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Attorneys ask justices to release Camm while awaiting retrial

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Attorneys for David Camm, a former Indiana State Trooper twice convicted of killing his wife and two children, are asking the Indiana Supreme Court to order a special judge to release Camm from his pre-trial detention.

The attorneys, Stacy Uliana and Richard Kammen, filed the verified petition for writ of mandamus Tuesday with the high court. Camm’s family was found murdered in September 2000 and he has been tried twice with their murders. Both convictions have been reversed on appeal. He is facing a third trial scheduled to begin in August 2013.

Camm filed his petition for release from pre-trial incarceration in Warrick County before Special Judge Jon Dartt, who denied the petition July 31. Camm seeks his release based on the Sixth Amendment and Indiana Criminal Rule 4(A). He is asking to be released on his own recognizance or with “reasonable liberty restrictions.”

Except for about a month in January, Camm has been incarcerated since his arrest in October 2000, his attorneys say. They argue that in the 868 days since the Supreme Court reversed his murder convictions for the second time, only 133 days of delay are attributable to him. The remaining delay was related to the time spent litigating a verified petition for special prosecutor. Camm filed that petition, but argues the state created the need for it and caused the delay.

Prosecutor Keith Henderson entered into a book deal to write about the Camm case before the Supreme Court overturned the second conviction. Even though he cancelled the deal, the Court of Appeals ordered in November 2011 that a new prosecutor be appointed. Special prosecutors Stan Levco and Jonathon Parkurst were appointed by the trial court in March.

“This excessive pretrial incarceration has not only impaired Camm’s ability to prepare for trial, but also has affected his ability to live in a meaningful way,” the petition states.

There is no timeline indicating when the Supreme Court will rule on the petition.

 

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  1. Well, maybe it's because they are unelected, and, they have a tendency to strike down laws by elected officials from all over the country. When you have been taught that "Democracy" is something almost sacred, then, you will have a tendency to frown on such imperious conduct. Lawyers get acculturated in law school into thinking that this is the very essence of high minded government, but to people who are more heavily than King George ever did, they may not like it. Thanks for the information.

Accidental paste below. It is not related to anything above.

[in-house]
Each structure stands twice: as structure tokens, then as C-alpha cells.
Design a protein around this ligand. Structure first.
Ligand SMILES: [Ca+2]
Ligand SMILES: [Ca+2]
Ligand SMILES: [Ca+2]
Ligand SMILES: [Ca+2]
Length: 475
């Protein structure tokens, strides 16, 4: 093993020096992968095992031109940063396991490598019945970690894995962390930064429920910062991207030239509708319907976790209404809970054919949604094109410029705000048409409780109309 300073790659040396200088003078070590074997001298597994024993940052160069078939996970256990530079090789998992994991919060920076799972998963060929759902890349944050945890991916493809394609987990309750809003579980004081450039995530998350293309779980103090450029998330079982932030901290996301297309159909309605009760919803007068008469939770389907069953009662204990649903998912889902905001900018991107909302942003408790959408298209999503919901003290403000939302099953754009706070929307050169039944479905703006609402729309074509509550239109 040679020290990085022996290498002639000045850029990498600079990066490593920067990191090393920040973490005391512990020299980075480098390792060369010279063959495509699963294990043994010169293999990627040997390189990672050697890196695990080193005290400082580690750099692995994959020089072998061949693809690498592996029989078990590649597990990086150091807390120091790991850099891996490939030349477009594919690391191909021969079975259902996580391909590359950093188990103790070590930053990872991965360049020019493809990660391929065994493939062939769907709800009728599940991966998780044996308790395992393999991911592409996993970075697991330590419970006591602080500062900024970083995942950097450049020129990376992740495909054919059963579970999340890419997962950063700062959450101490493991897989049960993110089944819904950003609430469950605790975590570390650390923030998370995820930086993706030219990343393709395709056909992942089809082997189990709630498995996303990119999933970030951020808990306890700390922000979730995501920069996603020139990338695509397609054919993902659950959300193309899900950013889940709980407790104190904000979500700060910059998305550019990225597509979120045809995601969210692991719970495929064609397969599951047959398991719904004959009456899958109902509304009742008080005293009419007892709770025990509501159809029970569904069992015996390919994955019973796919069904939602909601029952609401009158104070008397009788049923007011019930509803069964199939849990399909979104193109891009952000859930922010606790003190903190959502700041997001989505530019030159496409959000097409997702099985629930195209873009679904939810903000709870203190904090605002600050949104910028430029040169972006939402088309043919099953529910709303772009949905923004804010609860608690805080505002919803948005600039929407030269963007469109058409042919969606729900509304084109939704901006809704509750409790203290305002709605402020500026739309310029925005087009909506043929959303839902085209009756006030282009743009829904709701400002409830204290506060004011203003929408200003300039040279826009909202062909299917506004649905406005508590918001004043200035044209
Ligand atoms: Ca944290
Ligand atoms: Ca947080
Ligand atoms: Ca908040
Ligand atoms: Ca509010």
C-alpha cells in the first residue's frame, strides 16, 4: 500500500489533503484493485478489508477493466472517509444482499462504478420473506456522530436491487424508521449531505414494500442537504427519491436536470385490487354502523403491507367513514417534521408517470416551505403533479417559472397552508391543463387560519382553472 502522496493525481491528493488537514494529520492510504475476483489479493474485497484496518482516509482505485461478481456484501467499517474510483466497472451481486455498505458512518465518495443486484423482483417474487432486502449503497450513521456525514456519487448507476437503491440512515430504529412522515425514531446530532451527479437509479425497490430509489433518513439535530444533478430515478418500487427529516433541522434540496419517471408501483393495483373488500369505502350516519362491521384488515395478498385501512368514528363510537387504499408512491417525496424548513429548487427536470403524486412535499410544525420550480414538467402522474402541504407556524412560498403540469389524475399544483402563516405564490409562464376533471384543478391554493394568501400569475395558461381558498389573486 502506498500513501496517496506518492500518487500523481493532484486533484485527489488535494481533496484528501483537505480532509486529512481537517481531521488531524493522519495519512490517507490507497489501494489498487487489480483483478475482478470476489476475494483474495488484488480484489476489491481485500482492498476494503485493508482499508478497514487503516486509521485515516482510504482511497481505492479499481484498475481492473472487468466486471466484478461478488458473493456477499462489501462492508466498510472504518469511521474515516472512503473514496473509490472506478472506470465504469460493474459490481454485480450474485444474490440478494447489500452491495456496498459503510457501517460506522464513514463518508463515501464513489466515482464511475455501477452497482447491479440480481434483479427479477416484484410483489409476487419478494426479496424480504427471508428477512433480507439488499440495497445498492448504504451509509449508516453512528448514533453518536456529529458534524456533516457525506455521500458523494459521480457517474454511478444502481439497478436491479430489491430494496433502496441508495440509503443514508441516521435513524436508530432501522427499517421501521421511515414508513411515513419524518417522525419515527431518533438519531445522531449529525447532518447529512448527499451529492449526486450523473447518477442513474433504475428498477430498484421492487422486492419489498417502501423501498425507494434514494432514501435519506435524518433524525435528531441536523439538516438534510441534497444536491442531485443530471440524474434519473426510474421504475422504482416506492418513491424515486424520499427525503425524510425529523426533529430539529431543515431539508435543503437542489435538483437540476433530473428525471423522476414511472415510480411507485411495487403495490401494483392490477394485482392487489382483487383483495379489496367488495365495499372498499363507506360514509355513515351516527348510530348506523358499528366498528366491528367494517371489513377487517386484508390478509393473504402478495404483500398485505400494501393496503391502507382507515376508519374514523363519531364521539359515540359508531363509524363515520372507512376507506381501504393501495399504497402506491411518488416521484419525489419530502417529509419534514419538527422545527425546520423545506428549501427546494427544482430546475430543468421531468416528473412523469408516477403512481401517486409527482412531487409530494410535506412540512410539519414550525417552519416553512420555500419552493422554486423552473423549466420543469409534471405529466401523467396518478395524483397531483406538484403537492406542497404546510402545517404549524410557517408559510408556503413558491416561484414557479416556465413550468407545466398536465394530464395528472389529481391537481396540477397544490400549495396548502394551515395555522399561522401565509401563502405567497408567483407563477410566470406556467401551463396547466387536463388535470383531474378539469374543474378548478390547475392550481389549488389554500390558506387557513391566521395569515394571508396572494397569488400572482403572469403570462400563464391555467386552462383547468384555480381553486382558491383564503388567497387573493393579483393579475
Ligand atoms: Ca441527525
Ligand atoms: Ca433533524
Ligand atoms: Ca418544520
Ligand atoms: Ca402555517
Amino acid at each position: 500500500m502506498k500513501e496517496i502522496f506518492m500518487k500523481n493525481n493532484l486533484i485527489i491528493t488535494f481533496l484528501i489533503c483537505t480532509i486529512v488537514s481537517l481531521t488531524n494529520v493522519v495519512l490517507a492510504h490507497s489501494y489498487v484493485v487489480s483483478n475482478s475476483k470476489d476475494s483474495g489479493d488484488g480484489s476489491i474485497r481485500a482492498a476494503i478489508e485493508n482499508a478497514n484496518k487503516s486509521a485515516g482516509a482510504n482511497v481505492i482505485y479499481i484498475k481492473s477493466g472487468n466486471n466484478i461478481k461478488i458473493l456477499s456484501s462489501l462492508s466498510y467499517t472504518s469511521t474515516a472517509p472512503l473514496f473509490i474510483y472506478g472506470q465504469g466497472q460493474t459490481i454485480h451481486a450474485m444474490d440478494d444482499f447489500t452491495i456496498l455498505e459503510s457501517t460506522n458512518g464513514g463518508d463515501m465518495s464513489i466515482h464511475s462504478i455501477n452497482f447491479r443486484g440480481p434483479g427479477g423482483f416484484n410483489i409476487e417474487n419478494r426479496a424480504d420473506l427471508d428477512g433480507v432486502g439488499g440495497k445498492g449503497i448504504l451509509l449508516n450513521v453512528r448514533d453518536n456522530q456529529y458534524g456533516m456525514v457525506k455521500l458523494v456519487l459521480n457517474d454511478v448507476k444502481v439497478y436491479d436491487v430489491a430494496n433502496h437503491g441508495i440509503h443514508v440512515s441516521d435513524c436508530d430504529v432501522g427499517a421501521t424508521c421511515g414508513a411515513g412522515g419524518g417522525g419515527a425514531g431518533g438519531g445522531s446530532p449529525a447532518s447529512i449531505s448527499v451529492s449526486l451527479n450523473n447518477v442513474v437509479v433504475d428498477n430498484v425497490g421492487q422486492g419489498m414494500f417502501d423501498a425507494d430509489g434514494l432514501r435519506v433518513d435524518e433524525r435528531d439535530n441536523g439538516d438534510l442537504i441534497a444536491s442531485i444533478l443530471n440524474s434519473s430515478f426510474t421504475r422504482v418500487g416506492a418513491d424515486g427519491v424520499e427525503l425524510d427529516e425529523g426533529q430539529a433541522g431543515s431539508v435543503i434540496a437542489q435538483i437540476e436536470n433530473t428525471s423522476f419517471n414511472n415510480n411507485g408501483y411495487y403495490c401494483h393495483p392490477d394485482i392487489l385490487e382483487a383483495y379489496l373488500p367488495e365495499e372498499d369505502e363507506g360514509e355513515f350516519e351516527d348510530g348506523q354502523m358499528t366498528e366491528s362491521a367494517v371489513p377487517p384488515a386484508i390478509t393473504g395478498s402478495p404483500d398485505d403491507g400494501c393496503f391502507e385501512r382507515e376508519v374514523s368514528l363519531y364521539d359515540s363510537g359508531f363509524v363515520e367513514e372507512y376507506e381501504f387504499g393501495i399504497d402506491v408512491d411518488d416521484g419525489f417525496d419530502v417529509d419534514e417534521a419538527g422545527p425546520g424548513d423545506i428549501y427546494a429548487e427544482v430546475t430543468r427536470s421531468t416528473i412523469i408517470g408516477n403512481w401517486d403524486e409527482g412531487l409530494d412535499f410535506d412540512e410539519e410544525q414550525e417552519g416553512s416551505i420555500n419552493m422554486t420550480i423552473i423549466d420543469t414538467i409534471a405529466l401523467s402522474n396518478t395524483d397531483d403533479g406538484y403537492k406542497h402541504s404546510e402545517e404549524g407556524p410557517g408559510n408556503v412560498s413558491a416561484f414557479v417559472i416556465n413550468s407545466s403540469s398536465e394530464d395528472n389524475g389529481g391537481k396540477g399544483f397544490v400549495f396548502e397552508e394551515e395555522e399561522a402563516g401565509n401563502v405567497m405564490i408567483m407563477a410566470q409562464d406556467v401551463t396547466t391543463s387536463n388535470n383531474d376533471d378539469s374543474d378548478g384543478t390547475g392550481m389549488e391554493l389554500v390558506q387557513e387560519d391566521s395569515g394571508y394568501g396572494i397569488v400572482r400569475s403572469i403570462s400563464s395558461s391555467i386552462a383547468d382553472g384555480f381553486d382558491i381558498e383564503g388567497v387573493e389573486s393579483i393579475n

2. I pd for a bankruptcy years ago with Mr Stiles and just this week received a garnishment from my pay! He never filed it even though he told me he would! Don't let this guy practice law ever again!!!

  3. Excellent initiative on the part of the AG. Thankfully someone takes action against predators taking advantage of people who have already been through the wringer. Well done!

  4. Conour will never turn these funds over to his defrauded clients. He tearfully told the court, and his daughters dutifully pledged in interviews, that his first priority is to repay every dime of the money he stole from his clients. Judge Young bought it, much to the chagrin of Conour’s victims. Why would Conour need the $2,262 anyway? Taxpayers are now supporting him, paying for his housing, utilities, food, healthcare, and clothing. If Conour puts the money anywhere but in the restitution fund, he’s proved, once again, what a con artist he continues to be and that he has never had any intention of repaying his clients. Judge Young will be proven wrong... again; Conour has no remorse and the Judge is one of the many conned.

  5. Pass Legislation to require guilty defendants to pay for the costs of lab work, etc as part of court costs...

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